The Pros And Cons Of A Low Calorie, Low Glycemic Diet
The Glycemic Index (GI) is the index used to rate the carbohydrate contents of a food based on how fast it changes in our blood sugar level. This means that foods with a high GI may cause spikes in blood sugar levels. High GI foods include white bread, rice, pasta, corn cereals and anything with refined flour. These types of foods raise the blood sugar level immediately after eating them and remain higher for a longer period of time. A higher GI means that it takes more food to bring its level down. The foods that have a low or medium GI content take a longer period of time to bring the level down.
The GI diet has a list of twelve foods that are considered low or high in GI. These foods are separated into two groups. Foods in the low GI group are thought to provide the body with the nutrients it needs less quickly while foods in the high GI group are thought to provide the body with the nutrients it needs more quickly but at a higher cost. According to the Glycemic Index, foods that have a low GI are slowly digested, have fewer calories and provide the body with many of the nutrients it needs.
A well-balanced diet should consist of a variety of vegetables and fruits, grains, fish, poultry meat and oils. Meats are an essential nutrient, however, since they contain some of the highest amounts of fat, they are best avoided during a GI diet as well as during any weight loss diet plan. Fruits and vegetables are a great addition to a well-balanced diet and are generally low in carbohydrates. However, these types of foods should be eaten in moderation and should not replace other essential nutrients in the diet plan.
The goal of the GI diet is to help the body burn fat more efficiently. It’s also beneficial for people who want to lose weight. When the body burns fat more efficiently, it can take less time to lose weight. This helps to ensure that the weight loss plan is effective and is the safest way to lose weight. Many people who use gm diet plans have lost weight while maintaining a healthy BMI (Body Mass Index).
During a typical day on a GI diet, the dieter consumes one of five designated food groups and one vegetable from each of the five food groups. Each person in the study had different amounts of both carbohydrate and protein in their diets. The study tracked the changes in both weight and cholesterol over the course of the study. The results showed that both of the carbohydrate and protein groups had an impact on the amount of weight lost, but the increase in the carbohydrate was more significant than the change in the protein.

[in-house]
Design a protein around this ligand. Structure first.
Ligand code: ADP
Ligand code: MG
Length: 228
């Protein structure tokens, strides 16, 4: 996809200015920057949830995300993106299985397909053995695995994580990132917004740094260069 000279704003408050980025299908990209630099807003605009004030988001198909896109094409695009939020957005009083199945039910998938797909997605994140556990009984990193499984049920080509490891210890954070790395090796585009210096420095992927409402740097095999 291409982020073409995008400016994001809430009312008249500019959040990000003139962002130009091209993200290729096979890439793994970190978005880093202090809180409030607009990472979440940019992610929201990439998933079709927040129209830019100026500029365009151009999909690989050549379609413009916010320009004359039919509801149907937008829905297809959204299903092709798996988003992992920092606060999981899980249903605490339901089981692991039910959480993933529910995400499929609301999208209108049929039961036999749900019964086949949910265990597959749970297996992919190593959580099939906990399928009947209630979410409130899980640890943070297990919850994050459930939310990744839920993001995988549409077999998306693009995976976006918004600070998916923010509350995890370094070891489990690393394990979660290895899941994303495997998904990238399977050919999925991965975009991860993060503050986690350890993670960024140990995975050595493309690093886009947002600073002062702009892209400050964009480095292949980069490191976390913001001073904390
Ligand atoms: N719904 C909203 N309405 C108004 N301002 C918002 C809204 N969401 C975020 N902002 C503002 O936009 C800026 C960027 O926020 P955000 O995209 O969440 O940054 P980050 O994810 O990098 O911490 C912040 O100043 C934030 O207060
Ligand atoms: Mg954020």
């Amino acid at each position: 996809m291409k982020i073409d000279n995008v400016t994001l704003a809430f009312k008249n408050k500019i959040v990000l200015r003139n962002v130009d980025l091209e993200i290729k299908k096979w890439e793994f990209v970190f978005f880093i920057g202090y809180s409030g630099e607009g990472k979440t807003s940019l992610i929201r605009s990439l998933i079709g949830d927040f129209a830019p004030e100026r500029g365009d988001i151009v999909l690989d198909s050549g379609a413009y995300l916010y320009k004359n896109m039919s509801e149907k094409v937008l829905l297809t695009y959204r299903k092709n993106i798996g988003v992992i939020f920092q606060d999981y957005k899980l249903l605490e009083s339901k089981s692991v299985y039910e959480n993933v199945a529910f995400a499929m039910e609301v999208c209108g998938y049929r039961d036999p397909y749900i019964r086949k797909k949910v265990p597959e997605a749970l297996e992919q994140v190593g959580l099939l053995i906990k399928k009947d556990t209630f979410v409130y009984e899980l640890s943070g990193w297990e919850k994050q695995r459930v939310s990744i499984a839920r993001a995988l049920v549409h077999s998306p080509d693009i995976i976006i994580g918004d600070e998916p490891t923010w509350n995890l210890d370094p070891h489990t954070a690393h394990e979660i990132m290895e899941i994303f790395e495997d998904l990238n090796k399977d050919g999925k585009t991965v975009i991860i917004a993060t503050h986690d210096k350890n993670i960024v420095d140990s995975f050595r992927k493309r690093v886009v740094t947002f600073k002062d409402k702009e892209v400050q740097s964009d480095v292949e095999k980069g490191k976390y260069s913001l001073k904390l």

In addition to helping people lose weight, the GI diet can also improve the quality of life for people who are struggling with certain eating habits. For example, if you tend to overeat or snack after meals, the increased consumption of carbohydrates may lead to greater hunger. If you are able to control your binging and overeating, you will likely notice other positive benefits including better digestion and increased energy.
After a week of GI dieting, participants were asked to return to their usual diet for a week before they tested a control group. They again ate normally, but this time, there was no diet day one intake of any specific fruit. Thus, it was possible to see which foods worked best to trigger the body to burn fat faster. Those who were able to eat a large number of fruits during the control phase experienced a higher rate of fat burning than those who only consumed water or spinach. The study’s authors concluded that the combination of regular eating of fruits and vegetables improved the quality of life for those who are struggling with overweight.
While it is clear that a reduced calorie intake is the most important aspect of the GI diet, the researchers did not suggest that cutting down on carbohydrates would lead to long-term weight loss. As the GI diet works by increasing the rate of fat burning, it is more effective in the short-term. It will help to prevent weight gain between long-term follow-up sessions. However, the weight loss experienced during the first few weeks of the program is not likely to last, since most participants return to their previous diet after four to six weeks. Therefore, the weight loss that you experience will likely be temporary, especially if you do not continue to eat healthy.